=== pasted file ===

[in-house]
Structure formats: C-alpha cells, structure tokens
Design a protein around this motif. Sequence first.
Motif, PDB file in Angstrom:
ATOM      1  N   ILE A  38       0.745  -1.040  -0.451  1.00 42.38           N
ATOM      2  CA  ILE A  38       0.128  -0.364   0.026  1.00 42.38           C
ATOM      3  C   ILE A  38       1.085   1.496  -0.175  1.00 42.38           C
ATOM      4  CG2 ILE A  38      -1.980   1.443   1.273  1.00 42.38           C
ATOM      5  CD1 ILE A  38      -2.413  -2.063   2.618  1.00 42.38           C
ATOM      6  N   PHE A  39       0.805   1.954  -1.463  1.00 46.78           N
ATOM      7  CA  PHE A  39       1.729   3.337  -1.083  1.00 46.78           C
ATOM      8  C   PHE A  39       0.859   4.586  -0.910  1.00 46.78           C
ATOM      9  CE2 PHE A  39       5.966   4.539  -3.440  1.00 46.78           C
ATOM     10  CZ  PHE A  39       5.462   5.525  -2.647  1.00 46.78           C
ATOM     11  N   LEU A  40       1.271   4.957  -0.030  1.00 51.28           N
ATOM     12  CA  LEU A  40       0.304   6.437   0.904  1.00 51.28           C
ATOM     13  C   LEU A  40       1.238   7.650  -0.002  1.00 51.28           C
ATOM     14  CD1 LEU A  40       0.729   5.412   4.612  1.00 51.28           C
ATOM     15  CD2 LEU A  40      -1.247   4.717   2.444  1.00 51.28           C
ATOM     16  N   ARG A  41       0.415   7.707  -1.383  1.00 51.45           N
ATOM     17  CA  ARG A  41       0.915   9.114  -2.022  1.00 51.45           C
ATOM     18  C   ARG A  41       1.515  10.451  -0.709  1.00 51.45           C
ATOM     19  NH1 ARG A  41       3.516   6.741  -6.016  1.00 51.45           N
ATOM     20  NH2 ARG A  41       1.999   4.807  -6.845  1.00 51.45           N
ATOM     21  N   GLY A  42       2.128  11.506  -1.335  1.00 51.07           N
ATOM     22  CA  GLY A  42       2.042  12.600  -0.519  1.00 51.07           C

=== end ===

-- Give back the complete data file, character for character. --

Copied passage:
[in-house]
Structure formats: C-alpha cells, structure tokens
Design a protein around this motif. Sequence first.
Motif, PDB file in Angstrom:
ATOM      1  N   ILE A  38       0.745  -1.040  -0.451  1.00 42.38           N
ATOM      2  CA  ILE A  38       0.128  -0.364   0.026  1.00 42.38           C
ATOM      3  C   ILE A  38       1.085   1.496  -0.175  1.00 42.38           C
ATOM      4  CG2 ILE A  38      -1.980   1.443   1.273  1.00 42.38           C
ATOM      5  CD1 ILE A  38      -2.413  -2.063   2.618  1.00 42.38           C
ATOM      6  N   PHE A  39       0.805   1.954  -1.463  1.00 46.78           N
ATOM      7  CA  PHE A  39       1.729   3.337  -1.083  1.00 46.78           C
ATOM      8  C   PHE A  39       0.859   4.586  -0.910  1.00 46.78           C
ATOM      9  CE2 PHE A  39       5.966   4.539  -3.440  1.00 46.78           C
ATOM     10  CZ  PHE A  39       5.462   5.525  -2.647  1.00 46.78           C
ATOM     11  N   LEU A  40       1.271   4.957  -0.030  1.00 51.28           N
ATOM     12  CA  LEU A  40       0.304   6.437   0.904  1.00 51.28           C
ATOM     13  C   LEU A  40       1.238   7.650  -0.002  1.00 51.28           C
ATOM     14  CD1 LEU A  40       0.729   5.412   4.612  1.00 51.28           C
ATOM     15  CD2 LEU A  40      -1.247   4.717   2.444  1.00 51.28           C
ATOM     16  N   ARG A  41       0.415   7.707  -1.383  1.00 51.45           N
ATOM     17  CA  ARG A  41       0.915   9.114  -2.022  1.00 51.45           C
ATOM     18  C   ARG A  41       1.515  10.451  -0.709  1.00 51.45           C
ATOM     19  NH1 ARG A  41       3.516   6.741  -6.016  1.00 51.45           N
ATOM     20  NH2 ARG A  41       1.999   4.807  -6.845  1.00 51.45           N
ATOM     21  N   GLY A  42       2.128  11.506  -1.335  1.00 51.07           N
ATOM     22  CA  GLY A  42       2.042  12.600  -0.519  1.00 51.07           C